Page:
ABOUT

Twitter: @DrMichaelLandis

Hello!  Thank you for visiting my website. Just a little bit about myself  . . .

I am passionate about human and animal rights, and I am a fierce egalitarian. 

I grew up in southern California, but moved to southwest Florida for high school.  I was captivated by music and band throughout my teenage years, caring little for anything else.  I expected to become a professional musician, but decided upon a classic liberal arts education instead.  Venturing off on my own, I lefty sunny Florida and my parents to study history and political science at Boston University (and, of course, to play in every band I could get in to).  I joined Kappa Kappa Psi and made life-long friends.  After graduation, I returned to southwest Florida to teach history and music, and to play drums in a local rock band (we weren’t very good, but we had some fans and had plenty of fun).  Upon realizing that history was my destiny, I entered the PhD program at The George Washington University.  It was there that I met my future wife and fell hopelessly in love.  In 2010, she and I moved to Charleston, SC, where she worked in publishing and I wrote my dissertation (and we adopted our first puppy, a rescue mutt we named Molly!).  Short on funds, we relocated to Las Vegas, NV where we lived with family and I picked-up teaching gigs wherever I could.  After defending my dissertation, I accepted a VAP position at Sacred Heart University in Fairfield, CT.  So, once again, we relocated across the country.  In the fall of 2012, I was offered a tenure-track position at a university in Texas.  Shortly after our wedding, my wife and I moved to the Fort Worth area and began our Texas adventure. In the Lone Star State, we adopted our second dog, Abita, another rescue mutt with an abundance of energy and personality.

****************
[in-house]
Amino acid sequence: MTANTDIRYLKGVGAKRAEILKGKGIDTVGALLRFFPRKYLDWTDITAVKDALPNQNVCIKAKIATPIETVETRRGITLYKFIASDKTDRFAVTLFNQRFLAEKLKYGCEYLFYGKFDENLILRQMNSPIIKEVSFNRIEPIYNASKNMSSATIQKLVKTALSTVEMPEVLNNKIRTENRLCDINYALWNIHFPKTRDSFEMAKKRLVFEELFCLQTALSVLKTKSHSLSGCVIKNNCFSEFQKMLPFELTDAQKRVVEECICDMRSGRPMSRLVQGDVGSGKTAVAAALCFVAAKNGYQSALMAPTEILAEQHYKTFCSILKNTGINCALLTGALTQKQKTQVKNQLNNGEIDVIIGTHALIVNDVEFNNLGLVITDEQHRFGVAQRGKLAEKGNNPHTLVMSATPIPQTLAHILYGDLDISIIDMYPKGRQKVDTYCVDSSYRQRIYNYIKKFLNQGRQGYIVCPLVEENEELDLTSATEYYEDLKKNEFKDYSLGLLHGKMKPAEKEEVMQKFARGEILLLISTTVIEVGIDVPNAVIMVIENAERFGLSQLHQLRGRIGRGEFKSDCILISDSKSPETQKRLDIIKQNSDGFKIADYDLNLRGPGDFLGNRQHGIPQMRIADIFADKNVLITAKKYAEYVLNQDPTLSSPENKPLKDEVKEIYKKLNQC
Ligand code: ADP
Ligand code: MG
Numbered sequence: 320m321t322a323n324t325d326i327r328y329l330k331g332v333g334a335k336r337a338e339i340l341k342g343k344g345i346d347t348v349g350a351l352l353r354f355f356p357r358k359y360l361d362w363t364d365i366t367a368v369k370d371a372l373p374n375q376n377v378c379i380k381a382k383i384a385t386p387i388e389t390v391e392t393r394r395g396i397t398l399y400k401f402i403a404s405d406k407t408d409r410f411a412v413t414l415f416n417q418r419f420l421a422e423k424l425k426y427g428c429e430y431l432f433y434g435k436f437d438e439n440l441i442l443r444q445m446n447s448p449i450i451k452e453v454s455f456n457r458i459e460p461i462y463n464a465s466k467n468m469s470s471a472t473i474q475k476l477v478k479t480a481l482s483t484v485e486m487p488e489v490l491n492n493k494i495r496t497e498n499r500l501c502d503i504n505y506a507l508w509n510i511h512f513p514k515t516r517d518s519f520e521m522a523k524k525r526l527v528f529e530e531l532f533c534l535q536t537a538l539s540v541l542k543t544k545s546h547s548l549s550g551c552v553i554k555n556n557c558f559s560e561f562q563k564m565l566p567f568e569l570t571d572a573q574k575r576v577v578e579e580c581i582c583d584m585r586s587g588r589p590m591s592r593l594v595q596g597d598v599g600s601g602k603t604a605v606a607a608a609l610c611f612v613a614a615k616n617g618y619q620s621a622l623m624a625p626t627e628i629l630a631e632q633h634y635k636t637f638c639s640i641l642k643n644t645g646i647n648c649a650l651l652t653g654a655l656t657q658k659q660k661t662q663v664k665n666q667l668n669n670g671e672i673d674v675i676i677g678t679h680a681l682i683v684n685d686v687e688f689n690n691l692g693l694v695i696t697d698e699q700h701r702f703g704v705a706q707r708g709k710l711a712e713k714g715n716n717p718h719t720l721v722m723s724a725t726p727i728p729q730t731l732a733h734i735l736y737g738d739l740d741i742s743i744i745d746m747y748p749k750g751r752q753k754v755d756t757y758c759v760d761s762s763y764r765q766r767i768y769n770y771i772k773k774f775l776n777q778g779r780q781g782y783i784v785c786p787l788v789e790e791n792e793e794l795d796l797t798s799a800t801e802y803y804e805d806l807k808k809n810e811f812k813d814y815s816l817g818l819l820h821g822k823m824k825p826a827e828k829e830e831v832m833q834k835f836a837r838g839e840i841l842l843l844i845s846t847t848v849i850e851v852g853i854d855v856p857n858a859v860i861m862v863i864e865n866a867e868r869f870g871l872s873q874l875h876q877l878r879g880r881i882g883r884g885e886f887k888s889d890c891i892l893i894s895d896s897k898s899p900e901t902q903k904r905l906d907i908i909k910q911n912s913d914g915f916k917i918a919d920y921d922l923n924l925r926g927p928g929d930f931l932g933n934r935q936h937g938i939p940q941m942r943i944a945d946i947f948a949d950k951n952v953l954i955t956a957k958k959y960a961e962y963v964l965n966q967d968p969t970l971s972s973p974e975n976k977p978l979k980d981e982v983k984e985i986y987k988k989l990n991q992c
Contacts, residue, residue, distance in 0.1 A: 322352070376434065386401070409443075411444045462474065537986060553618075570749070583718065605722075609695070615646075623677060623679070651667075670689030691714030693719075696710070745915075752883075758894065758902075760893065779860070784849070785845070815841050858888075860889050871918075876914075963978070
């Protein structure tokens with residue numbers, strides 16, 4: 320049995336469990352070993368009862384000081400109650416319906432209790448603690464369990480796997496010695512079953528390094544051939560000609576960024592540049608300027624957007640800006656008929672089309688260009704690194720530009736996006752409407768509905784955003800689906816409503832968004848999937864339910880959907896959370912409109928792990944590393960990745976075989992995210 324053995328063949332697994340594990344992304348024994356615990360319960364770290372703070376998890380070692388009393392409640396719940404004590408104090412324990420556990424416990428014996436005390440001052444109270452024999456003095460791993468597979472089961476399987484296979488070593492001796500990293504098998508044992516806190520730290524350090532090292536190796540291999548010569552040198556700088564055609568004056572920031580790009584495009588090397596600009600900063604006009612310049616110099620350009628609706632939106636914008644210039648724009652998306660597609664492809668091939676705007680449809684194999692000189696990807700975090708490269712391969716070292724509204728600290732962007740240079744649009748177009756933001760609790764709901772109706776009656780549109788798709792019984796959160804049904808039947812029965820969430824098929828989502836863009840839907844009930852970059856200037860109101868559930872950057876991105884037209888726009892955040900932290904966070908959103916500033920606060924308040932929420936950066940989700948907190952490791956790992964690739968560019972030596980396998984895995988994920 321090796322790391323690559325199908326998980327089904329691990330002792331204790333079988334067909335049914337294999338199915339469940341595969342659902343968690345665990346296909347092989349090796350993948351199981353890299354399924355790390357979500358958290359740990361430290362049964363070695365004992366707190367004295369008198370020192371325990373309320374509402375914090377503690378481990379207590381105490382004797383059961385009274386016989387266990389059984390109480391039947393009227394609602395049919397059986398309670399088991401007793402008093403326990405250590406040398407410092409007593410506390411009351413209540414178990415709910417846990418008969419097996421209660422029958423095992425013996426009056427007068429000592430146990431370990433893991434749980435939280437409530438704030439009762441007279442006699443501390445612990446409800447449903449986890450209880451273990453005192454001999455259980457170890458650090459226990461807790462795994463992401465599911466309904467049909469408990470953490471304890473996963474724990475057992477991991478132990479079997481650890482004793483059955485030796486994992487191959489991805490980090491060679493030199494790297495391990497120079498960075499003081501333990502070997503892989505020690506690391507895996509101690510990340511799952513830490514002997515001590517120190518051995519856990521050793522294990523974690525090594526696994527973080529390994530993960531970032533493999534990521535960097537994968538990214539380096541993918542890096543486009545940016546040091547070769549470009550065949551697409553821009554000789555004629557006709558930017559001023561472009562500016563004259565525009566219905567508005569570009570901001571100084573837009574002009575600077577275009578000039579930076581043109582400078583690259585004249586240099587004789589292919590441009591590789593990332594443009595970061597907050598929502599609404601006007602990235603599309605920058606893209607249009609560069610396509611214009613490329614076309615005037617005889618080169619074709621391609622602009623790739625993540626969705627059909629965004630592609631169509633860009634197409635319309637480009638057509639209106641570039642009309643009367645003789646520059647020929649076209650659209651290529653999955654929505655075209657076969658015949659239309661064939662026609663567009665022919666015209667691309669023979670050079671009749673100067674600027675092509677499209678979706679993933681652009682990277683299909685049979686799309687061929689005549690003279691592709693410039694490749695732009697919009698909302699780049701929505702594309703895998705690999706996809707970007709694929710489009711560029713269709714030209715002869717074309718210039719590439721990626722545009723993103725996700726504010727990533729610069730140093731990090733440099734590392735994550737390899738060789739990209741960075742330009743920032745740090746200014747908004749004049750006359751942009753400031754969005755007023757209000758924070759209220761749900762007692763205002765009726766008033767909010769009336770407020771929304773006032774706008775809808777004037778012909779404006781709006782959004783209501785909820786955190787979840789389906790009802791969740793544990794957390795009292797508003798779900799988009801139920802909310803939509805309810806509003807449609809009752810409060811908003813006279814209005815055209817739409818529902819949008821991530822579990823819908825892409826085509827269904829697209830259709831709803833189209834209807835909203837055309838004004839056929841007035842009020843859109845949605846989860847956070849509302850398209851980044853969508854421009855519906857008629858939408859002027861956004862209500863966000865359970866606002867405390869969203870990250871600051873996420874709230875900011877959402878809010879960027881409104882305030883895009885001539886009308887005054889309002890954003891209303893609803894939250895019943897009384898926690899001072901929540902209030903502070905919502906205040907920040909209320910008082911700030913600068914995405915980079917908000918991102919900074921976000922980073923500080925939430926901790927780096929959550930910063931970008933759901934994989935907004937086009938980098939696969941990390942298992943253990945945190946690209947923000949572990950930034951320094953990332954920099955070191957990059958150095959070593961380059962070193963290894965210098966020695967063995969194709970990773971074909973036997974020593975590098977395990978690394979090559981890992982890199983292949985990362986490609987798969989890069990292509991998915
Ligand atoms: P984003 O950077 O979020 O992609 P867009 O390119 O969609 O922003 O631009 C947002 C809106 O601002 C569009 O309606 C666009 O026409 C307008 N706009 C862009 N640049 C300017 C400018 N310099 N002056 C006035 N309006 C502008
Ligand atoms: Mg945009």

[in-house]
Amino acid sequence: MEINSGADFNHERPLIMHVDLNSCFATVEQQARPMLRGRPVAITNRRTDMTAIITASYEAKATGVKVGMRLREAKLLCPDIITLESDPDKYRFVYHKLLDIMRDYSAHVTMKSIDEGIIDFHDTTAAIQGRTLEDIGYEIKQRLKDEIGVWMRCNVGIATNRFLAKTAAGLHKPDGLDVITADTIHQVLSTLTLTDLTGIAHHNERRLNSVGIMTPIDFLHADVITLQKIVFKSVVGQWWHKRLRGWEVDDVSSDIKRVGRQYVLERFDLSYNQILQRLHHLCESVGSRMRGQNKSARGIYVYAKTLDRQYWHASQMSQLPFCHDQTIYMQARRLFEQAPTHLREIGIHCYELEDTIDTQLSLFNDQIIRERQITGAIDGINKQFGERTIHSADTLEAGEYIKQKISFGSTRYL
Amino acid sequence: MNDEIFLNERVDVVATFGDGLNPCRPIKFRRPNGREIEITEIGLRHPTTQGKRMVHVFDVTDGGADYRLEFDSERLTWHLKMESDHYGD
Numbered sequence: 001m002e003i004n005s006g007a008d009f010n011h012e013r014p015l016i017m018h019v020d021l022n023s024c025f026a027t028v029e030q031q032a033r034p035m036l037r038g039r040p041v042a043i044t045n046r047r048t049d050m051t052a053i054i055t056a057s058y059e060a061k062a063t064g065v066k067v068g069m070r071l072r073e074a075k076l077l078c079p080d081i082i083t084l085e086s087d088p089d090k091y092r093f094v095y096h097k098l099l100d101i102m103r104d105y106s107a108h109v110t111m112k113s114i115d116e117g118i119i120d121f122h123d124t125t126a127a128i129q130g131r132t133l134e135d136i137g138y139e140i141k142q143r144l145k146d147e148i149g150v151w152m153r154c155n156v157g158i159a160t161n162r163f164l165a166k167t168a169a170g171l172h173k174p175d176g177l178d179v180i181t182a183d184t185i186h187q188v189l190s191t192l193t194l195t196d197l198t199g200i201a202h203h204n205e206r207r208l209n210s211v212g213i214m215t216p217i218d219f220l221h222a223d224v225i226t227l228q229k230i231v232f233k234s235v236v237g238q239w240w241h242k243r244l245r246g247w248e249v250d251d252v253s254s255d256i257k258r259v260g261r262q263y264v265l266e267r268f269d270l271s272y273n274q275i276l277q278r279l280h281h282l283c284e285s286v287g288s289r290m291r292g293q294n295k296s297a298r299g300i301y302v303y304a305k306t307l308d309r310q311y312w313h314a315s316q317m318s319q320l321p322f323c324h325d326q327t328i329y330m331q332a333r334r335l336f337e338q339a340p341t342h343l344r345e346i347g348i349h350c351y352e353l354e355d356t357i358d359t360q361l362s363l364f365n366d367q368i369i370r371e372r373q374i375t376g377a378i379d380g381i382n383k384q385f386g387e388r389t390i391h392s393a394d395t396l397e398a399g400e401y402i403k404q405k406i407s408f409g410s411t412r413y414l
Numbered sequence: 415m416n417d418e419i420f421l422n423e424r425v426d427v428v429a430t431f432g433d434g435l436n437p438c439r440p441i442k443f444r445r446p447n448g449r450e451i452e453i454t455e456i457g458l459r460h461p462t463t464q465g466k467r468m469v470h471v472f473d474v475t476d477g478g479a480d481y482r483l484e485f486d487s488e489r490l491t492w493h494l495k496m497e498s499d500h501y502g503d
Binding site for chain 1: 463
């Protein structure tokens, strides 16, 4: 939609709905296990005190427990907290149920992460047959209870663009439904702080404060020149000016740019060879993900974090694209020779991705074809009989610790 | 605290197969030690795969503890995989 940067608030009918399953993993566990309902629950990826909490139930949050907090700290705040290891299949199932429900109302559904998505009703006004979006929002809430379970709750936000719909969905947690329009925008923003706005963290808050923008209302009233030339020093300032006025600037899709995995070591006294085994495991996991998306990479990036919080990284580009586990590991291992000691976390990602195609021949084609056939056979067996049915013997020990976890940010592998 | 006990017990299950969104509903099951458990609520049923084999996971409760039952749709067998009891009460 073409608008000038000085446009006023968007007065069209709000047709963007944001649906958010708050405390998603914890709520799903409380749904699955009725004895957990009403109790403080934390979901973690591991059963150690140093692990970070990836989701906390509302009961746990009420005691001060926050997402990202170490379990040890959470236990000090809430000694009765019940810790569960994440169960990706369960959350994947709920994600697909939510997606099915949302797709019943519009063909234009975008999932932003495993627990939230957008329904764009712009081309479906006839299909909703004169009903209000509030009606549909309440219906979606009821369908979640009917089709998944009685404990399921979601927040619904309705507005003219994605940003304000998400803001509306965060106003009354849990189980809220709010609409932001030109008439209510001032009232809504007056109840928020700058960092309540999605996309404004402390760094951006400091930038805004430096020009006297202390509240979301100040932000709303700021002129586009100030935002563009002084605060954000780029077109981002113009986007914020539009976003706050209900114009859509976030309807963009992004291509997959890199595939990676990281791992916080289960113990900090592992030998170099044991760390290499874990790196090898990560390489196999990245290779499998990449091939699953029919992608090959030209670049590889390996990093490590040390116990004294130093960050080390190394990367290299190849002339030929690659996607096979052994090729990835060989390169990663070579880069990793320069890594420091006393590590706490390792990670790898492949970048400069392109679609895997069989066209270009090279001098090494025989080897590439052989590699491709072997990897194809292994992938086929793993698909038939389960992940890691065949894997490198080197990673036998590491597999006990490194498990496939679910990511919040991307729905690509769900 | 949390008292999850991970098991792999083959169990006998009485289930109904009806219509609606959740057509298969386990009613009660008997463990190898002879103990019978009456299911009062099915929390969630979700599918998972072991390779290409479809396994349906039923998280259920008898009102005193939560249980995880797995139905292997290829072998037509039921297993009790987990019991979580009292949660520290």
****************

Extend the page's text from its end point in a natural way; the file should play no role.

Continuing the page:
In 2018, we followed my wife’s career to Saratoga Springs, NY, where we are currently living.

I have one book published, Northern Men with Southern Loyalties: The Democratic Party and the Sectional Crisis (Cornell, 2014), which examines pro-slavery sentiment in the free states in the 1850s.  I’m currently working on a second manuscript, Cornerstone of the Confederacy: Slavery and Power in Civil War Georgia, which aims to bring in the voices of the enslaved and unfranchised to the narrative of Georgia’s experience with secession and the Confederacy.  Please see my CV for a full list of publications and academic endeavors.

What I am reading right now:

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